Simona K In a new decision this week, the New Jersey Supreme Court ruled unanimously on Thursday that cops must get a warrant before tracking a cell phone’s location.

The ruling (PDF) only applies to residents of New Jersey, though it’s part of a growing body of case law that is shaping judicial approaches to the contentious issue. Montana recently became the first state in the US to pass a law requiring a warrant for cell phone tracking, less than a year after California’s governor vetoed a similar bill. In May 2012, the Florida Supreme Court ruled that law enforcement in the Sunshine State could seize a phone but that the cops need a warrant to actually search it. Meanwhile, the federal Fourth Circuit Court of Appeals is currently hearing a tracking case from Maryland suspects accused of armed robbery. Many of these cases—notably the Maryland case—rely on an established concept under federal law known as the “third-party doctrine.” This notion says that when a customer has voluntarily disclosed their own location to a mobile carrier (the “third party”) in the normal course of using a phone, then the customer no longer has a reasonable expectation of privacy of that information.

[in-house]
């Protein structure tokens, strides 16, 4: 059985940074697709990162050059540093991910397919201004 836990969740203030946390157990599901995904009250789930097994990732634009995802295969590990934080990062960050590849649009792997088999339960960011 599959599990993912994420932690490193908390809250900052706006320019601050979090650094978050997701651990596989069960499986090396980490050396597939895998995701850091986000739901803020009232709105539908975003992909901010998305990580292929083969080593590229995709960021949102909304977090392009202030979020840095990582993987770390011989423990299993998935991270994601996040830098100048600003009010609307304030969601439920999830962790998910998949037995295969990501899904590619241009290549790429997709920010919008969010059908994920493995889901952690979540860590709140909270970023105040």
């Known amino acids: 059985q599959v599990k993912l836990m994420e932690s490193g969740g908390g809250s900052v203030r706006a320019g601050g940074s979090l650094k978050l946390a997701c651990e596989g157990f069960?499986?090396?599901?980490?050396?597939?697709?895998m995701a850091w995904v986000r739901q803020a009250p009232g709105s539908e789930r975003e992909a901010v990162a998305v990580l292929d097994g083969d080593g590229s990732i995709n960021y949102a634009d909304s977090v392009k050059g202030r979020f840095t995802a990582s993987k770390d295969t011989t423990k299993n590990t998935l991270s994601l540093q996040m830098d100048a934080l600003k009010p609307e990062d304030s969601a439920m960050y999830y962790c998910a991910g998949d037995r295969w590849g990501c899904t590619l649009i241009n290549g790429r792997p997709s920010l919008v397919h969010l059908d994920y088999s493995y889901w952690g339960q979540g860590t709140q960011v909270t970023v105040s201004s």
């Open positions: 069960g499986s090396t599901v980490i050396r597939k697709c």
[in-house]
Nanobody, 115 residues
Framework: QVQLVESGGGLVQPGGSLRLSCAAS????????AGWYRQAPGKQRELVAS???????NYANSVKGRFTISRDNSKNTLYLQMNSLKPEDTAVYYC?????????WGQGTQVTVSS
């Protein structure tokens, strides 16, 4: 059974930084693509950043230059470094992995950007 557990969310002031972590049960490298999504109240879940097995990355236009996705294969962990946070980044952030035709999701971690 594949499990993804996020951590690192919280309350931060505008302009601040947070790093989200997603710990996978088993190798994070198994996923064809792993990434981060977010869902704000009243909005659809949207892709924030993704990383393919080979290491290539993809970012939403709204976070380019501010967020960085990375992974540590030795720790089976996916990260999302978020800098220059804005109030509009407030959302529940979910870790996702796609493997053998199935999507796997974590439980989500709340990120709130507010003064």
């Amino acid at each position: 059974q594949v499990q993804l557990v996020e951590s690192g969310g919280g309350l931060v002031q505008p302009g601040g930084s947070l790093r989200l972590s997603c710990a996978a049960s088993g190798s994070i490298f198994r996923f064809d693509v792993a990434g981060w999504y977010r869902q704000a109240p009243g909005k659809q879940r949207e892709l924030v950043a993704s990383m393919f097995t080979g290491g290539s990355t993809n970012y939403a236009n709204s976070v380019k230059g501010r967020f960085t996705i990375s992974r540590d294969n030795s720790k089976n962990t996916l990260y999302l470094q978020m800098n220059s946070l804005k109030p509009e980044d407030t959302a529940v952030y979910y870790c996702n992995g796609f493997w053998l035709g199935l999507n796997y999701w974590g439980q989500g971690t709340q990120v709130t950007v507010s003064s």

Therefore, says the doctrine, location data can be accessed by law enforcement without a warrant.     

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